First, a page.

ECB is revving the engine but the handbrake is on
Europe’s capital markets are back in super-demand mode.
Bullish is the wrong word: the nasty risks out there are too obvious for anyone to feel happy. But the glut of cash and paucity of returns are at 2007 levels.
It’s remarkable how much bang the European Central Bank has got for its buck. Quantitative easing is just €20bn a month. Yet since August, when markets began to count on its return, the Euro Stoxx 50 has risen a sixth, while investment grade credit spreads have narrowed a quarter.
The accelerator pedal of euro capital markets is super-responsive — the slightest touch of the ECB’s foot and the engine roars.
It makes an interesting contrast with the popular anxiety that central banks have run out of ammunition to stimulate the economy. Even Stefan Ingves, the Riksbank governor who has disenchantedly ended Sweden’s long experiment with negative rates, still believes in QE.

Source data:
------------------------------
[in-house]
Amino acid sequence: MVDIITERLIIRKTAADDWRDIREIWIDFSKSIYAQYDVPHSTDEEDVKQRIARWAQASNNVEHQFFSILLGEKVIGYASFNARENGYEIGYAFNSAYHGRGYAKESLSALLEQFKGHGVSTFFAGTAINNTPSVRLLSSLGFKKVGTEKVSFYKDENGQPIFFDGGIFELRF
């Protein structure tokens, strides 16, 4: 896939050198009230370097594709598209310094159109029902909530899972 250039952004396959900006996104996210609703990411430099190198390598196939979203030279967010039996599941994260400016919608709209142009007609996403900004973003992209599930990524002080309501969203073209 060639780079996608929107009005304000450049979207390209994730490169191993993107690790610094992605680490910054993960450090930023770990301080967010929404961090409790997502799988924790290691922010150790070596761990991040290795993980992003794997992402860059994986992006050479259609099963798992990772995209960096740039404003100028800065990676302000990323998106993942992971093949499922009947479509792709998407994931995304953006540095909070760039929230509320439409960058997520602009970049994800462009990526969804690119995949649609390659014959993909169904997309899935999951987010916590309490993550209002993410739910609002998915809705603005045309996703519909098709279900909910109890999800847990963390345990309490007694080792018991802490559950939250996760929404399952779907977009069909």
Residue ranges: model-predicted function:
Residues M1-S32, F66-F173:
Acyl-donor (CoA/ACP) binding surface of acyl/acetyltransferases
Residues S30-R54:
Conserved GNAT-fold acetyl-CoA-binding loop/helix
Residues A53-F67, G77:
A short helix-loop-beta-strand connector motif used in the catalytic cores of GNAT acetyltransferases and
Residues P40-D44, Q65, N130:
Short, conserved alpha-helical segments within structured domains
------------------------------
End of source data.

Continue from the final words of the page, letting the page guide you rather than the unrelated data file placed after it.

The snag is that while the QE dog whistle works a treat in fixed income, the real economy — and its surreal alter ego, equity markets — will decouple from bond bullishness as soon as investors lose faith in growth. At that point, Europe will be in uncharted territory again. We have no idea if the QE drugs will still work when the patient already has so much in its system.
Governments must do more, economists cry. Good luck.
Rather than being cheered by the ECB’s magic, investors should consider the dire parsimony of the rich governments now negotiating the EU’s next seven year budget. Far from seeing the need to bolster EU cohesion after Brexit, the likes of Germany, the Netherlands, Denmark and Sweden are fighting over every penny.
Don’t expect them to open their wallets until the next downturn reaches another euro-threatening crisis.